South African general election, 1910
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The 1910 South African general election was held for the 121 seats in the House of Assembly of the Union of South Africa, on 15 September 1910. This was the first general election, after the Union came into force on 31 May 1910.
In addition to the general election, the first election to the provincial councils of Cape Province and Transvaal took place on the same day. Those councils used the same electoral districts as those for the House of Assembly seats in the province. The first election for the provincial councils of Natal and Orange Free State, which did not use the same constituency boundaries as the House of Assembly, took place on a later date.
Franchise and Electoral System
The South Africa Act 1909 provided that the franchise in each province should be the same as that in the corresponding colony before the Union, until altered by the Union Parliament. The Act included entrenching clauses, providing that black and coloured voters could only be removed from the common voters roll in the Cape of Good Hope, by legislation passed by a two-thirds majority by both houses of Parliament in joint session.
The franchise, in all parts of the Union, was limited to men over the age of 21. There were some additional qualifications and disqualifications which varied between provinces.
The franchise in the Orange Free State and Transvaal was limited to white men.
The traditional "Cape Qualified Franchise" system of the Cape of Good Hope was based on property and wage qualifications, equally open to people of all races. At the time of the National Convention in 1908, which drafted the terms of what became the South Africa Act, "22,784 Native and Coloured persons out of a total of 152,221 electors" were entitled to vote in Cape elections.
Natal had a theoretically non-racial franchise, but in practice few non-white electors ever qualified. It was estimated, in 1908, that "200 non-Europeans out of a total of 22,786 electors had secured franchise rights".
The South Africa Act 1909 provided for single member electoral divisions, with members of the House of Assembly being elected using the relative majority (also known as first past the post) electoral system.
Formation of Union political parties
South African National Party
The first Union Prime Minister (and former Transvaal Prime Minister), General Botha, assembled an electoral alliance before the first Union election. This grouping was composed of the governing parties of three of the colonies being united and some individual politicians from Natal (which did not have a pre-Union party system). The colonial parties involved were the South African Party of Cape Colony (itself largely based on the Afrikaner Bond), Het Volk from the Transvaal and Orangia Unie from the Orange River Colony (which was restored to its pre-1902 name of Orange Free State as a province of the Union).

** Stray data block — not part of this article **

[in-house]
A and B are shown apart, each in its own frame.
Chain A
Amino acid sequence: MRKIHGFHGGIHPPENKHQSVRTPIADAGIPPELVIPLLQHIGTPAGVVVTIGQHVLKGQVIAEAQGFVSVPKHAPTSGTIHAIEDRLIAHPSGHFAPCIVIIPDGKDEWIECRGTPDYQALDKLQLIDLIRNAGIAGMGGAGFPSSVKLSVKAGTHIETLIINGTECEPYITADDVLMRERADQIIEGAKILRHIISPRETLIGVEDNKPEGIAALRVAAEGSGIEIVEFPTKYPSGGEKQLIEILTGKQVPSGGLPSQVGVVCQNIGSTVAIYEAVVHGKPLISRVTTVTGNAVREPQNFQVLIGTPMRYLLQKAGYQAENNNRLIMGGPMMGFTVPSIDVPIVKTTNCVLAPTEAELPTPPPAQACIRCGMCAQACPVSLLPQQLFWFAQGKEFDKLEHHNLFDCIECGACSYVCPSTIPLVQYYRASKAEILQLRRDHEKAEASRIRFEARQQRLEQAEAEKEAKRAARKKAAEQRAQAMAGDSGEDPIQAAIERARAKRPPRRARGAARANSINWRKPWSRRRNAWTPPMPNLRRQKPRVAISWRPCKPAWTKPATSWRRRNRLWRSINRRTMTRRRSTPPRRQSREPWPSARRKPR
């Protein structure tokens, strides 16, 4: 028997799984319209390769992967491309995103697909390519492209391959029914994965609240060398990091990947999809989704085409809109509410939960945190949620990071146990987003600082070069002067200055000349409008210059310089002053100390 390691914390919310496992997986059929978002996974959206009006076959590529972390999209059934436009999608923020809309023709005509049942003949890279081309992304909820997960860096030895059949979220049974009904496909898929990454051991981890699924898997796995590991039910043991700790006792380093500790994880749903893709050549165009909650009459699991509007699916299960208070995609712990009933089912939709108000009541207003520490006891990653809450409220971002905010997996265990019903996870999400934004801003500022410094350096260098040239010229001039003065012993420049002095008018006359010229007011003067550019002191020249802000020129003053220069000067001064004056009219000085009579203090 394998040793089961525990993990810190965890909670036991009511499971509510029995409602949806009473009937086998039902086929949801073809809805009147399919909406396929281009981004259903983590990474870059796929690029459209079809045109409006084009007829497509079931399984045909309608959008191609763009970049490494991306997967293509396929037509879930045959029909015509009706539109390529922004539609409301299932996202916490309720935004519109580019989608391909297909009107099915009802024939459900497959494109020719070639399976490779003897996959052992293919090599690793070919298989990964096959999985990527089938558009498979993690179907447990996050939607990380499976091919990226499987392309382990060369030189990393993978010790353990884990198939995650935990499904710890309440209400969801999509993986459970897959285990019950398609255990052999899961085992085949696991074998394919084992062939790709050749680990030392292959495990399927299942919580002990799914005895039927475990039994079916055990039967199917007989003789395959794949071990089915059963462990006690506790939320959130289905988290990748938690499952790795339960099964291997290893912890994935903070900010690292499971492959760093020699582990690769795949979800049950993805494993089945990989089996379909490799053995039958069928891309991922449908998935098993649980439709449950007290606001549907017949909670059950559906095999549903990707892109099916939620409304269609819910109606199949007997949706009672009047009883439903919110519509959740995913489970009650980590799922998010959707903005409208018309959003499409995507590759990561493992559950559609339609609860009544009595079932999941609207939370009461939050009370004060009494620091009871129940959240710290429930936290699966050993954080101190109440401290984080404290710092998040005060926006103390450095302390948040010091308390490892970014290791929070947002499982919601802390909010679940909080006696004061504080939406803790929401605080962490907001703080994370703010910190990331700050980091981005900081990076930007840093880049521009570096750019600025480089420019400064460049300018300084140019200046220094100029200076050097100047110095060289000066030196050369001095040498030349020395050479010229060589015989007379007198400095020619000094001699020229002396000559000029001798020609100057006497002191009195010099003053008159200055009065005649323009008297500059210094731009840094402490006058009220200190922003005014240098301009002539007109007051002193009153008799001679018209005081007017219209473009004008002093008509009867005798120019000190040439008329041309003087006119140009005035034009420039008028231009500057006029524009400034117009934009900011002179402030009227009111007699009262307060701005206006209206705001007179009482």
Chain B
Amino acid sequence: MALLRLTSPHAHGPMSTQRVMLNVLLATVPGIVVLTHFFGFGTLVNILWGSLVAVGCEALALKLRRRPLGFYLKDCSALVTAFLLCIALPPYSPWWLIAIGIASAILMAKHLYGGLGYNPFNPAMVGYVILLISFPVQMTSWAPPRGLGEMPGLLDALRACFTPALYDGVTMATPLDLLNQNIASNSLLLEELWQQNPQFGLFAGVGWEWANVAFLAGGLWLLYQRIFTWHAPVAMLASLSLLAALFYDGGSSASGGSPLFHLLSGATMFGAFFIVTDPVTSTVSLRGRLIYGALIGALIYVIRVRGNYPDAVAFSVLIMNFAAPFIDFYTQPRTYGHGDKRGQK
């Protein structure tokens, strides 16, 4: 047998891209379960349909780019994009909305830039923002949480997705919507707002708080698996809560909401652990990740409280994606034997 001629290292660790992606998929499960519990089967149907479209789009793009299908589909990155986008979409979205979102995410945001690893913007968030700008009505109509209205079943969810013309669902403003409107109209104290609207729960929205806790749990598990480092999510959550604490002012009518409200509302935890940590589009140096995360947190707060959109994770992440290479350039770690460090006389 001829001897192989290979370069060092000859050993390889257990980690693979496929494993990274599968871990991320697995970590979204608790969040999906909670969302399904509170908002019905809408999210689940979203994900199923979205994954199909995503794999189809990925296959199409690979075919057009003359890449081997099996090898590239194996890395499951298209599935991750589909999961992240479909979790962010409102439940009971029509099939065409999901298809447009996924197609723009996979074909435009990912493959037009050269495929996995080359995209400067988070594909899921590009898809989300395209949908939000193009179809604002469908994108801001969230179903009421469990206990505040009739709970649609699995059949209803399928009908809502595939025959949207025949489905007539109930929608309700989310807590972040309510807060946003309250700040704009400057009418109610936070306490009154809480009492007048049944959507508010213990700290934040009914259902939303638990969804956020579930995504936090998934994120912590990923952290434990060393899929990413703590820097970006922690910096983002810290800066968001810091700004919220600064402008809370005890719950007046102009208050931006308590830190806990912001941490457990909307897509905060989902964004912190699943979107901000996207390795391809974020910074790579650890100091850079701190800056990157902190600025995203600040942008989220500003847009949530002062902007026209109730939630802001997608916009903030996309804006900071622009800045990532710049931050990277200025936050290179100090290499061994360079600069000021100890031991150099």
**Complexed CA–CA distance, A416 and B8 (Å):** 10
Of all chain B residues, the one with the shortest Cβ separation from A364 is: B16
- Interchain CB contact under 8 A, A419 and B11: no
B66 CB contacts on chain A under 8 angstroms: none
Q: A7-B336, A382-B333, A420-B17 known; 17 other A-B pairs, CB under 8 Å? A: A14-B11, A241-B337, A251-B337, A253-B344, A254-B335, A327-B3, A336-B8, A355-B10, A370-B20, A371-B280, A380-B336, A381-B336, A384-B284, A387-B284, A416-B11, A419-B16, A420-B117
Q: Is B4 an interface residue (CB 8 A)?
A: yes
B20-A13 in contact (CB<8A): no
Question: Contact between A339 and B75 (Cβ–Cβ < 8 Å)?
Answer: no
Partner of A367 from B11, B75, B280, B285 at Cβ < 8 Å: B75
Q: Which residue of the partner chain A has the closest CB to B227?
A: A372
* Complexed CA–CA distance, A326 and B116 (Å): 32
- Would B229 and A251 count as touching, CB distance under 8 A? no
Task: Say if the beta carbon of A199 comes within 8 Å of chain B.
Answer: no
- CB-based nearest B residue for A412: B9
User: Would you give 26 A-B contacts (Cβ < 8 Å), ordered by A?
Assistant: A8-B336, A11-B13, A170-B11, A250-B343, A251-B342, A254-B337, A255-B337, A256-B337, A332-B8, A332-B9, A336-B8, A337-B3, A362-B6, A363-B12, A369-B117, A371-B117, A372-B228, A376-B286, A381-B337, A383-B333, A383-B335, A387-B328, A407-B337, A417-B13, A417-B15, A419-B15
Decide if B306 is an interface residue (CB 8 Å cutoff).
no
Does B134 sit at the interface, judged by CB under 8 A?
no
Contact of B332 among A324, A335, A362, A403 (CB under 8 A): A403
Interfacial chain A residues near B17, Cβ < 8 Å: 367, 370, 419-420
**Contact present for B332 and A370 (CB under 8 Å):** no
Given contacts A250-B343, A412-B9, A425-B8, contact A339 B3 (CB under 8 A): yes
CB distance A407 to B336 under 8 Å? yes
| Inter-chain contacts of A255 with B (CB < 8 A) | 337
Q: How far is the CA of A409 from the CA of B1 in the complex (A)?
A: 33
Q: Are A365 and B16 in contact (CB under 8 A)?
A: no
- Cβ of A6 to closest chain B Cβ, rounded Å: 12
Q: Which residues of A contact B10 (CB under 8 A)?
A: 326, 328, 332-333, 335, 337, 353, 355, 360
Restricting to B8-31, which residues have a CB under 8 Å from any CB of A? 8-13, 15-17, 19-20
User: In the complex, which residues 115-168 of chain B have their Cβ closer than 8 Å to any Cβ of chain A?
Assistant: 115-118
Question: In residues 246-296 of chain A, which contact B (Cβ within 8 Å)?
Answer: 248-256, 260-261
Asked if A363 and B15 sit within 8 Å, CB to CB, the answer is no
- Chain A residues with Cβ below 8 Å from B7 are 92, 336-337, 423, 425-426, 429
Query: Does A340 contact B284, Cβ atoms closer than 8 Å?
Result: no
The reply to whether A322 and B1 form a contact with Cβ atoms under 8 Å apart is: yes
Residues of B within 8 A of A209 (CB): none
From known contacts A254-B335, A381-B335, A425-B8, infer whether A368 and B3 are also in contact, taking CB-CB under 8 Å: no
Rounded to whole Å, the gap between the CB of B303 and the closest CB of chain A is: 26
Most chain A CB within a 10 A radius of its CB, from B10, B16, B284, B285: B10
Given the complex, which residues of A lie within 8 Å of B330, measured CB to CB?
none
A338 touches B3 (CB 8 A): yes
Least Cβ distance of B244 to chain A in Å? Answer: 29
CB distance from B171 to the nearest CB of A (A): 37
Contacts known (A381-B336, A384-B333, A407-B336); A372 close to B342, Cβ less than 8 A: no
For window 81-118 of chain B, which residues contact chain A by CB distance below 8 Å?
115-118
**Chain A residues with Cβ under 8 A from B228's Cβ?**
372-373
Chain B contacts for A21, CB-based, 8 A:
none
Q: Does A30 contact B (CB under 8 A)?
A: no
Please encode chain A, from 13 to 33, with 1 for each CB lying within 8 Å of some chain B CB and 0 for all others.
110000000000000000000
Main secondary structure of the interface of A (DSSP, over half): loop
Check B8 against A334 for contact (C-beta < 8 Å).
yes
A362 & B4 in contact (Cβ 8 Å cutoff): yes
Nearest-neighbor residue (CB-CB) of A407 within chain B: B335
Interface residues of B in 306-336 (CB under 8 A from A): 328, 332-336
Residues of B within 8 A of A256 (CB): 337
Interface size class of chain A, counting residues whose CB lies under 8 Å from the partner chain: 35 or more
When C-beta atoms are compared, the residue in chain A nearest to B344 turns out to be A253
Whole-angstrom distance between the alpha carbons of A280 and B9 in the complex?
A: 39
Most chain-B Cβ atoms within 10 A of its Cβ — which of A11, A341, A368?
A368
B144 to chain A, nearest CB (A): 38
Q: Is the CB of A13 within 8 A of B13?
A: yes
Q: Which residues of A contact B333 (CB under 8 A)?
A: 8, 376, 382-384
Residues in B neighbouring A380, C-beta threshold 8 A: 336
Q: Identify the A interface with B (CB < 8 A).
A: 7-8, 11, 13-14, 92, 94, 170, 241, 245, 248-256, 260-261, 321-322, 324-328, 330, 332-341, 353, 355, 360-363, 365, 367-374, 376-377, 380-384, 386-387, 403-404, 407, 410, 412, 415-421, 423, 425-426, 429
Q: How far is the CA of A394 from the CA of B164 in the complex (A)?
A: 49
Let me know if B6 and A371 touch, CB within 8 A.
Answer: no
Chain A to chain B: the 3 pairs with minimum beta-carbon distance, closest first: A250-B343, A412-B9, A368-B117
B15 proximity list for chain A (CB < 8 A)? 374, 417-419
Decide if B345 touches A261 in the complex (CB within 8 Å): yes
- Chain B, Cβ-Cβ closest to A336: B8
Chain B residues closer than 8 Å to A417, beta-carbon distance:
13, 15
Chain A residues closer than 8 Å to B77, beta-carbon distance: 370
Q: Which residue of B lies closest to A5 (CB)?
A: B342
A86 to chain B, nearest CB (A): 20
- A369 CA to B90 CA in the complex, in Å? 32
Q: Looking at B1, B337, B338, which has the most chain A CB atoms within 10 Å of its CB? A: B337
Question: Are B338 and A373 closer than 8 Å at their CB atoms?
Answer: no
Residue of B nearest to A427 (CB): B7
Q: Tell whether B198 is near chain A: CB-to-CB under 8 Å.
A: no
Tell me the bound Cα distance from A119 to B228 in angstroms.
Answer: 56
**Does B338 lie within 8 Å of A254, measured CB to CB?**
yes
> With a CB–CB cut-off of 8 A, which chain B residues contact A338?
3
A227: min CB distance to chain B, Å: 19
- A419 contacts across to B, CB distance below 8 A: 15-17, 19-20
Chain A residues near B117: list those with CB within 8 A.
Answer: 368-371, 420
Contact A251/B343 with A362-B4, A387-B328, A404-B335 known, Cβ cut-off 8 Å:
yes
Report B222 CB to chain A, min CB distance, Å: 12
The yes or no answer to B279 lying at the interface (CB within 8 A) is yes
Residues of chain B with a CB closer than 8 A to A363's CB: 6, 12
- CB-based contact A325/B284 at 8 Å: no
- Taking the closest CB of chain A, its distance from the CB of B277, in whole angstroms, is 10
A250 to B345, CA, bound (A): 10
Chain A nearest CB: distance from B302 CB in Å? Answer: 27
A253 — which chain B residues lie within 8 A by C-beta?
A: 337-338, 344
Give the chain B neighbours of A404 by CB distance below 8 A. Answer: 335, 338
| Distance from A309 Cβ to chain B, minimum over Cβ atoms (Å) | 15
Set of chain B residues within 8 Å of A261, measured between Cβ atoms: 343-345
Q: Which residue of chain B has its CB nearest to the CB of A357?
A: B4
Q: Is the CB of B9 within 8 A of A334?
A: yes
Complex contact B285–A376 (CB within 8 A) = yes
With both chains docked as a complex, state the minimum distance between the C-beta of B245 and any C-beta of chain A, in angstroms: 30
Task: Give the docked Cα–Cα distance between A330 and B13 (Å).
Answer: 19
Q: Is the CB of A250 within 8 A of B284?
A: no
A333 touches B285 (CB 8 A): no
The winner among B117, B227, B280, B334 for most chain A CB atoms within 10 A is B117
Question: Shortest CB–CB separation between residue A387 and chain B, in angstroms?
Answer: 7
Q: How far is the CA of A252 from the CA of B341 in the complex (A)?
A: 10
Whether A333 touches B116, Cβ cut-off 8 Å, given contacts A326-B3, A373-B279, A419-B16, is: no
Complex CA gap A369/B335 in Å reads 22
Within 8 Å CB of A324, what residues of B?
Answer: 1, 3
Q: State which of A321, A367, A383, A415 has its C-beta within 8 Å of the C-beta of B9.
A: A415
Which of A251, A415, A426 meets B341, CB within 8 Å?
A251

The alliance was known, in 1910, as the South African National Party (which should not be confused with the National Party formed in 1914, following a split in the South African Party). It subsequently formalised itself as the South African Party, in 1911.
Unionist Party of South Africa
The Unionist Party of South Africa was formed, in May 1910, under the leadership of Leander Starr Jameson (a former Prime Minister of Cape Colony), by the merger of the three colonial opposition parties joined by some individual politicians from Natal.
The parties merged into the Unionist Party were the Unionist Party of Cape Colony (formerly known as the Cape Progressive Party), the Constitutional Party of the Orange River Colony and the Progressives of Transvaal.
The party was a pro-British conservative party. It favoured the maintenance of a pro-British political culture in South Africa similar to that present in the other 'white dominions'.
South African Labour Party
The South African Labour Party, formed in March 1910 following discussions between trade unions and the Independent Labour Party of Transvaal, was a professedly socialist party representing the interests of the white working class. The party leader was Colonel F. H. P. Creswell.
Delimitation of electoral divisions
The South Africa Act 1909 had provided for a delimitation commission to define the boundaries for each electoral division. The representation by province is set out in the table below.
|Provinces||Cape||Natal||Orange Free State||Transvaal||Total|
The votes, by party, are not available.
|South African||67||55.37||General Louis Botha|
|Unionist||39||32.23||Dr L. S. Jameson|
|Labour||4||3.31||Colonel F. H. P. Creswell|
- South Africa 1982 Official Yearbook of the Republic of South Africa, published by Chris van Rensburg Publications
- The South African Constitution, by H.J. May (3rd edition 1955, Juta & Co)
- The Times, edition of 26 July 1910 reports the fixing of the election dates
- Section 35 of the South Africa Act 1909
- Discussion of the franchise and the quotations about numbers of voters are from The South African Constitution, page 10
- South Africa 1982, page 165
- The Times, edition of 24 May 1911, a review of the first session of the Union Parliament (which article included confirmation that the first group of 17 Natal MPs included 11 Independents, 4 Unionist Party members and 2 representatives of the South African Party). South Africa 1982, page 165.
- South Africa 1982, page 129
- South Africa 1982, page 174 (seats by party)